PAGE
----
Thursday, 7 March 2013

Red Admiral Butterflies



Red Admiral Vanessa atalanta (in Public Domain)

The Red Admiral (Vanessa atalanta) is a very well known butterfly that is often seen in gardens and parks in the UK, especially in autumn when it is one of the last flying insects to be seen before the winter begins.
It has very conspicuous red and black wings and white spots on the wing-tips. The underside of the wings is mainly mottled and provides camouflage when the wings are folded.
The Red Admiral is a migrant butterfly that arrives in the UK and northern Europe each year and is believed to hibernate in small numbers in Britain too. In late summer and autumn it can often be found feeding on rotting fruit such as apples, pears and plums that have fallen to the ground in gardens and orchards. Red Admiral adults can often be seen feeding on Buddleia or the Butterfly Bush (Buddleia davidii) in late summer. With its spectacular colouration the Red Admiral is one of the most popular and commonly sighted British butterflies.
The caterpillar of the Red Admiral is mostly found on Stinging Nettle (Urtica dioica) but sometimes will also be discovered eating other plants in the Urticacae including Pellitory of the Wall (Parietaria officinalis) and the Small Nettle (U. urens), as well as Hops (Humulus lupulus) in the Cannabaceae. The Stinging Nettle is a familiar sight and often forms large patches alongside fields, on river and railway banks, and on waste ground and Pellitory of the Wall grows, as its name suggests, in the walls of old and ruined buildings.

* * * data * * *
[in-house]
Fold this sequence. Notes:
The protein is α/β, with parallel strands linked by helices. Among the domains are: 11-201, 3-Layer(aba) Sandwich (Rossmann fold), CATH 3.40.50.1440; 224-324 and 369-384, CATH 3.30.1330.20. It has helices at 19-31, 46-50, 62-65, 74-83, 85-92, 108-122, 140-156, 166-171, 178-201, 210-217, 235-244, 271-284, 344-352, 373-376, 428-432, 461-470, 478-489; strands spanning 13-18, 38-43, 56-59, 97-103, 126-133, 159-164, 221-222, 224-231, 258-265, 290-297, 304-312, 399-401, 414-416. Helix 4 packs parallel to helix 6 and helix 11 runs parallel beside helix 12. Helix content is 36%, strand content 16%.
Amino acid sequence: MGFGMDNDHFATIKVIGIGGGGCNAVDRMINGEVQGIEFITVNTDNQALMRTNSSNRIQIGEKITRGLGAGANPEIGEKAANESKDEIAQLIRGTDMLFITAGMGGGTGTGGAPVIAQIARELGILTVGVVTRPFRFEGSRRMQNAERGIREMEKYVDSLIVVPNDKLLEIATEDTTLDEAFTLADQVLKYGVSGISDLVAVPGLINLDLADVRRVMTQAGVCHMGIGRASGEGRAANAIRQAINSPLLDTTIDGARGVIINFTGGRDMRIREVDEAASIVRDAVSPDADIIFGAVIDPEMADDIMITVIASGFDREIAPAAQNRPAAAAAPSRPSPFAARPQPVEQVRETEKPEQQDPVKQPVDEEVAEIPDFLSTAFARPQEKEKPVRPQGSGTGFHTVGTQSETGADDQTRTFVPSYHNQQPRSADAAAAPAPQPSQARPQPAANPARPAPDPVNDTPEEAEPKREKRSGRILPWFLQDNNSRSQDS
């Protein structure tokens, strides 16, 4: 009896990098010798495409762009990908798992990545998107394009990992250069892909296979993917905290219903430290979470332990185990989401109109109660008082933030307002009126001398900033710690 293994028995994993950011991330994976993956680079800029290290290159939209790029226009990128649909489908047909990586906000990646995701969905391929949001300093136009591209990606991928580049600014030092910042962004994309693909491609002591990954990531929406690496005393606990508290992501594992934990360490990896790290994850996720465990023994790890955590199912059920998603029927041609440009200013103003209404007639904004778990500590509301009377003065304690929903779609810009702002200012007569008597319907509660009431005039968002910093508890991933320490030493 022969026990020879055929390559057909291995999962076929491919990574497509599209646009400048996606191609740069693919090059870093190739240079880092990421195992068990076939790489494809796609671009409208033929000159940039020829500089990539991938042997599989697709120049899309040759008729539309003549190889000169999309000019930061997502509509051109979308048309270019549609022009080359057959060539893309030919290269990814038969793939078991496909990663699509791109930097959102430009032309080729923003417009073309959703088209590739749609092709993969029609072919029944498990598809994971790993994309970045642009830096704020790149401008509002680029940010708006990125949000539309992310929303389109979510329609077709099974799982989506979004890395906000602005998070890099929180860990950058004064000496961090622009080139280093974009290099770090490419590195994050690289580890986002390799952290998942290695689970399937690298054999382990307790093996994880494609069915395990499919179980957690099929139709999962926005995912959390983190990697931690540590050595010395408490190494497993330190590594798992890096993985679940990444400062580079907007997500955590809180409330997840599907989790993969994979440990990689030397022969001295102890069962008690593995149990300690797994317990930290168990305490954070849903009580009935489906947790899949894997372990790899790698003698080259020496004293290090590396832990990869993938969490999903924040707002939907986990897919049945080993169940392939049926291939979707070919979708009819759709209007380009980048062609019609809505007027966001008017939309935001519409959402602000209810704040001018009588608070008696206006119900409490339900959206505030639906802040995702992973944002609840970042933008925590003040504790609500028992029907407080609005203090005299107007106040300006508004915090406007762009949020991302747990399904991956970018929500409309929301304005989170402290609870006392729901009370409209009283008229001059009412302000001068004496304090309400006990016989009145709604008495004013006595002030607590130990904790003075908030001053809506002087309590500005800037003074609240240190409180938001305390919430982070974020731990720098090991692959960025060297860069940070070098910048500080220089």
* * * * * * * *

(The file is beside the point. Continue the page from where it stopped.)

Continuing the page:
The male Red Admiral butterflies tend to be smaller than the females but otherwise look identical. Females can be seen flying over food-plants and stopping to lay eggs but otherwise they are mainly encountered feeding on flowers or fruit or simply basking or flying in the sunshine.


Canary Red Admiral (Vanessa vulcania)

In Tenerife and the Canary Islands there is a very similar species of Red Admiral though it is smaller and has slightly different wing patterns. The red bands have black markings breaking them up. The Canary Red Admiral (V. vulcania) tends to be mainly seen in spring and lives in the cooler areas of the islands where there is more vegetation. 

Canary Red Admiral resting

This species is also found living in Madeira. It used to be referred to as Vulcania indica the Indian Red Admiral but has been declared as a separate species to this butterfly. Like the Red Admiral its caterpillars feed on nettles and plants in the Urticaceae.
Both species of Red Admiral butterfly are very pretty creatures from the Nymphalidae family and not easily mistaken for any other species. 

Copyright © 2013 Steve Andrews. All Rights Reserved.


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